Using our acute experimental model, we showed the early involvement of inflammation in the memory impairment induced by ICV application of AβOs from depsi-peptide. A single ICV injection of AβOs (1μM) in wild type mice before the initial exposure to the objects in the NORT, nullified the animals’ ability to distinguish the familial from the novel object. Similar results were obtained with Aβ1-40 or Aβ1-42 oligomers [4] and, with a distinct mechanism, oligomers from α-synuclein, the essential component of Lewy bodies in Parkinson’s disease and dementia with Lewy bodies, impaired the memory [24]. A toll-like receptor 4 (TLR-4) antagonist completely rescued the AβOs effect and in TLR-4-KO mice AβOs lost their ability to induce memory impairment [122].

In a similar model, the depressive effect associated with the inflammatory reaction induced by AβOs was also abolished in TLR-4-KO mice [123]. The involvement of TLR-4 indicated the possible involvement of inflammation in this acute model confirmed by the protective effect of indomethacin, a classical NSAID: injected intraperitoneally the drug antagonized the amnesic effect of AβOs. Within 24 hours, after the AβO injection transient gliosis was observed with a peak effect at 4–8 hours, quantified by western blot analysis and histopathology of GFAP and Iba-1, markers of astroglia and microglia, respectively, in hippocampus and cortex. With a parallel time course, AβOs also induced the expression of a panel of cytokines, including IL1β, TNFα, IL-6, and IL-10. The essential role of neuroinflammation in this experimental model was confirmed by the antagonism of the memory impairment and gliosis by IL-1RA [122].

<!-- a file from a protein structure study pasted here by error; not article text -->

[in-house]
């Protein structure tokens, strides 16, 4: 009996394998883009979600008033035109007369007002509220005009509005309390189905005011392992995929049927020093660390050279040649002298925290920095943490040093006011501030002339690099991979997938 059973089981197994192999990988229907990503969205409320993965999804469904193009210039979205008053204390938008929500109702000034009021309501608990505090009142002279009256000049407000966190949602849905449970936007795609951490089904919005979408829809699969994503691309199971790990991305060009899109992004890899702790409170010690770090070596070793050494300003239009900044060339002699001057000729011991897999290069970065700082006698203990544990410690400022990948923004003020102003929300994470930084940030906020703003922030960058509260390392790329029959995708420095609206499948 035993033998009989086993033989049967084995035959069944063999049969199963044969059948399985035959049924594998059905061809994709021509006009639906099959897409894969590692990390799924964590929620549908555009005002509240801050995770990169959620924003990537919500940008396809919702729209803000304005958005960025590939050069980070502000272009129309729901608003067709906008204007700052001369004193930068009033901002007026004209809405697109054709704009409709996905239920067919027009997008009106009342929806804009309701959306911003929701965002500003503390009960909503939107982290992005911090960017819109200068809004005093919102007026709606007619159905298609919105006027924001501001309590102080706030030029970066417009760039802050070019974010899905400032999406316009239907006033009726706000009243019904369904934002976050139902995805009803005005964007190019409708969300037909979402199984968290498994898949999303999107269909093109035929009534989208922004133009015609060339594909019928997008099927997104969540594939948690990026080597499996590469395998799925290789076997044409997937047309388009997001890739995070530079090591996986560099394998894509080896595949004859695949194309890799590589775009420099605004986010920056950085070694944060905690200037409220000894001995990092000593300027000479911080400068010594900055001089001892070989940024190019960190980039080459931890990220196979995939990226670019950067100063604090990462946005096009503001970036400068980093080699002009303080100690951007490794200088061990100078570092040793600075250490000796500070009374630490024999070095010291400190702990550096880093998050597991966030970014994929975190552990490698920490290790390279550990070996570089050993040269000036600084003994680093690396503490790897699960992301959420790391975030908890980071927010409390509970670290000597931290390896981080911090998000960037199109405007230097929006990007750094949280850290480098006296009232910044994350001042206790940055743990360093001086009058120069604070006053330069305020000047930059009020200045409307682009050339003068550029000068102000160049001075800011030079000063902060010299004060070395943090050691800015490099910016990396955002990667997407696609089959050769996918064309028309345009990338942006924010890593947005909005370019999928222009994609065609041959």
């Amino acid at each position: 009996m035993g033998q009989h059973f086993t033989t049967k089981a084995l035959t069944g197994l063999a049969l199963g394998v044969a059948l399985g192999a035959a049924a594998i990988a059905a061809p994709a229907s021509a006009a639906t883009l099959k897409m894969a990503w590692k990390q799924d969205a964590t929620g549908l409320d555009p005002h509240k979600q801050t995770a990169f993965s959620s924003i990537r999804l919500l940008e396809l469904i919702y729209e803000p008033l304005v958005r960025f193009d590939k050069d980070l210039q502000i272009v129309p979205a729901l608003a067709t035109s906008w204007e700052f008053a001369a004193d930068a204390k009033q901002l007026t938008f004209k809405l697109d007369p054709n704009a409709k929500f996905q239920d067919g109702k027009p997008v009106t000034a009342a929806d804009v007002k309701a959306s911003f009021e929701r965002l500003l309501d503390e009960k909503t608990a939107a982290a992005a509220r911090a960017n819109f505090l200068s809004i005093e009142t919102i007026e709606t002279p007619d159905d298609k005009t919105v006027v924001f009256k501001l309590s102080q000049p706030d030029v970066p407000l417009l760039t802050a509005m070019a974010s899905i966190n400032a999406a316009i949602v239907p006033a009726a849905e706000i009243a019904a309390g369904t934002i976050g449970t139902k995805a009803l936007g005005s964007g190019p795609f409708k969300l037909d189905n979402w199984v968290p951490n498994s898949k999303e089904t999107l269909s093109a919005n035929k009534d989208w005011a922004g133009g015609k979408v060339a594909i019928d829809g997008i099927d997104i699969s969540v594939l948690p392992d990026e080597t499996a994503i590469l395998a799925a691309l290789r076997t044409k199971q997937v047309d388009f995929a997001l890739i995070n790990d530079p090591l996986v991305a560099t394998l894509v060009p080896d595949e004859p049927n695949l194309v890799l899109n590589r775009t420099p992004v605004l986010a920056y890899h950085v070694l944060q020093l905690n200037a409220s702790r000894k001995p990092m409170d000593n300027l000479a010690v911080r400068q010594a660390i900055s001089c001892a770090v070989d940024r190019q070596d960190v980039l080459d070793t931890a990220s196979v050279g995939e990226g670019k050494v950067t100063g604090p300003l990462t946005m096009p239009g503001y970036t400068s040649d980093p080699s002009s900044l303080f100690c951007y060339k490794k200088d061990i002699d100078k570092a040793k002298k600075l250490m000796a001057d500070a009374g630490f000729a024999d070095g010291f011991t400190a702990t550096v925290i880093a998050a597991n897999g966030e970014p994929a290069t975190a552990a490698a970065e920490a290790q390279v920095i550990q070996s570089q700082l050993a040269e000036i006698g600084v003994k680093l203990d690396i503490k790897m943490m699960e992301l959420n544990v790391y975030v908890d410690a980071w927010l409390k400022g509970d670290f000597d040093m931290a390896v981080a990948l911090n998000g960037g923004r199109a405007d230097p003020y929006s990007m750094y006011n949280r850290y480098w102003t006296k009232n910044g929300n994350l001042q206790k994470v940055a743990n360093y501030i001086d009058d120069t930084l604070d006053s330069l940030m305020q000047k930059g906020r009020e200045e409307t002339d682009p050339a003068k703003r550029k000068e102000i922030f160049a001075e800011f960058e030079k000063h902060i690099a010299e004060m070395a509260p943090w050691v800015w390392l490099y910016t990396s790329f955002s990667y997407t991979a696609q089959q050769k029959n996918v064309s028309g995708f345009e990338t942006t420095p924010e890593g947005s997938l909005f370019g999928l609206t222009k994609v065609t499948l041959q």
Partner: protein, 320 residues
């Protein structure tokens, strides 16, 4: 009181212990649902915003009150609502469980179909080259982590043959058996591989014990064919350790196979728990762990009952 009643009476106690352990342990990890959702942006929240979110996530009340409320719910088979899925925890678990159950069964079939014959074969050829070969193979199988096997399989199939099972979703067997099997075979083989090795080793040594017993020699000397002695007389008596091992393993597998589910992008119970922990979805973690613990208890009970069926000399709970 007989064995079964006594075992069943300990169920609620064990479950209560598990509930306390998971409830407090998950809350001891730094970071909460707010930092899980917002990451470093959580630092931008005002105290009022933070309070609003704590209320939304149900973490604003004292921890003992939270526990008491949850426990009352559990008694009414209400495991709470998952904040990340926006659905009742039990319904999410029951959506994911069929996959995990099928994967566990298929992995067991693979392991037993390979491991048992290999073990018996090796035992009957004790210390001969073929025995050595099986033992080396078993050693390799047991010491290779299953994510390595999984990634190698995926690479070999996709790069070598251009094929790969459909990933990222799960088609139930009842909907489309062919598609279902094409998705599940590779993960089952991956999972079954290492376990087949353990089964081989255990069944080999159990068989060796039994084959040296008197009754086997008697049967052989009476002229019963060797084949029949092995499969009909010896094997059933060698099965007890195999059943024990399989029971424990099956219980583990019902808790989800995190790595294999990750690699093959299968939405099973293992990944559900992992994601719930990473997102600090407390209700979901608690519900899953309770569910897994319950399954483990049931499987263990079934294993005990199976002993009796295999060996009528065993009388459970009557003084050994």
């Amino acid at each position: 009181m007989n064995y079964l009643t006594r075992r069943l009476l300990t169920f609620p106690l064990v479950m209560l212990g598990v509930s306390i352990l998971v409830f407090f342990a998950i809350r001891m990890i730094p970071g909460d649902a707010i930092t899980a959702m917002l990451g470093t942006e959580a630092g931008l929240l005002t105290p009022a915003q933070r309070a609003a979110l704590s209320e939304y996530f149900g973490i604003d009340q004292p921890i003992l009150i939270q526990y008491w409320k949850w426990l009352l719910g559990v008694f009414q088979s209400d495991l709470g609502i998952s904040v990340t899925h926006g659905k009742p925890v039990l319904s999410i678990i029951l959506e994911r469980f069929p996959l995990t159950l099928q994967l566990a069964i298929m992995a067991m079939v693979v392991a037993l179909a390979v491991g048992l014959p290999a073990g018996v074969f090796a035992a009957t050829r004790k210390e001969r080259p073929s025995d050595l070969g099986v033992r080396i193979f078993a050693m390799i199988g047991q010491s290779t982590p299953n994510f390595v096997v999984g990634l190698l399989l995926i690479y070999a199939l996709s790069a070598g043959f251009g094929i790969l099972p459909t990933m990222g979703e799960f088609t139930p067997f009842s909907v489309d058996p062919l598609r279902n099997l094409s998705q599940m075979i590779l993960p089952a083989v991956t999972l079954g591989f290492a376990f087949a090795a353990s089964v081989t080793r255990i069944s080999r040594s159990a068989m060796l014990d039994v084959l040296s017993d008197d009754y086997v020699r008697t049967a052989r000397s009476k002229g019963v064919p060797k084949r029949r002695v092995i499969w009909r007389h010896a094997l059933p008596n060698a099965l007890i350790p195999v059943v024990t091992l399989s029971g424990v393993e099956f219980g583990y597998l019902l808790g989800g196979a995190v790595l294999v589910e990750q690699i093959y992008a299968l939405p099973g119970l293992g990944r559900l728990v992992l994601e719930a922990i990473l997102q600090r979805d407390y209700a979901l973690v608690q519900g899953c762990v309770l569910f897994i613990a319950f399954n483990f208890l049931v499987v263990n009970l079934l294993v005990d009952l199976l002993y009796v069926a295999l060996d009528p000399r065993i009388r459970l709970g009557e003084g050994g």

The information provided by this relatively simple approach is the intimate relationship between neuronal dysfunction and neuroinflammation, both activated by AβOs through TLR-4, indicating the need for treatments that interfere with different aspects of the pathological mechanism (Fig. 1). These results are in line with various other findings [123, 124]. An interesting example is the study by Xu et al. [125] where the AβOs from human AβPP-expressing cultured cells or purified from AD brain tissue, applied ICV in wild type mice, induced microglial activation in the hippocampus determined by morphological analysis and by measuring mRNA changes in multiple inflammatory genes. The environmental enrichment, a well-documented approach to induce cognitive and neuronal activation, silenced the innate immune response activated by AβOs. Similar results were obtained by Beauquis et al. [126]. In this case, environmental enrichment prevented astroglial pathological changes in the hippocampus of plaque-free AβPP transgenic mice. Here again it was hard to distinguish the glial activation from the neuronal dysfunction when the brain was exposed to AβOs. PET analysis that combined the identification of Aβ deposits with the microglial activation using 11C-(R)-PK11195 binding in MCI subjects confirmed a positive relation between amyloid load and levels of microglial activation. 11C-(R)-PK11195 binding by PET revealed increased inflammation in a majority (85%) of amyloid-positive MCI cases, its cortical distribution overlapping that of amyloid deposition [79].


The cartoon illustrates several aspects of AD pathogenesis starting from the formation of Aβ oligomers, a variety of entities with different sizes, peptide combinations and conformations (in light blue and blue); the seeding passage with conformation change (from square to circle) may also occur intracellularly. The oligomers in dynamic equilibrium with senile plaques can act directly at the neuronal level or induce neuronal dysfunction through glial activation by the production of cytokines radicals and other factors. In our experimental studies [133], we found that anti-inflammatory drugs, doxycyline and a TLR-4 antagonist antagonized the cognitive decline induced by direct intracerebral injection of Aβ oligomers.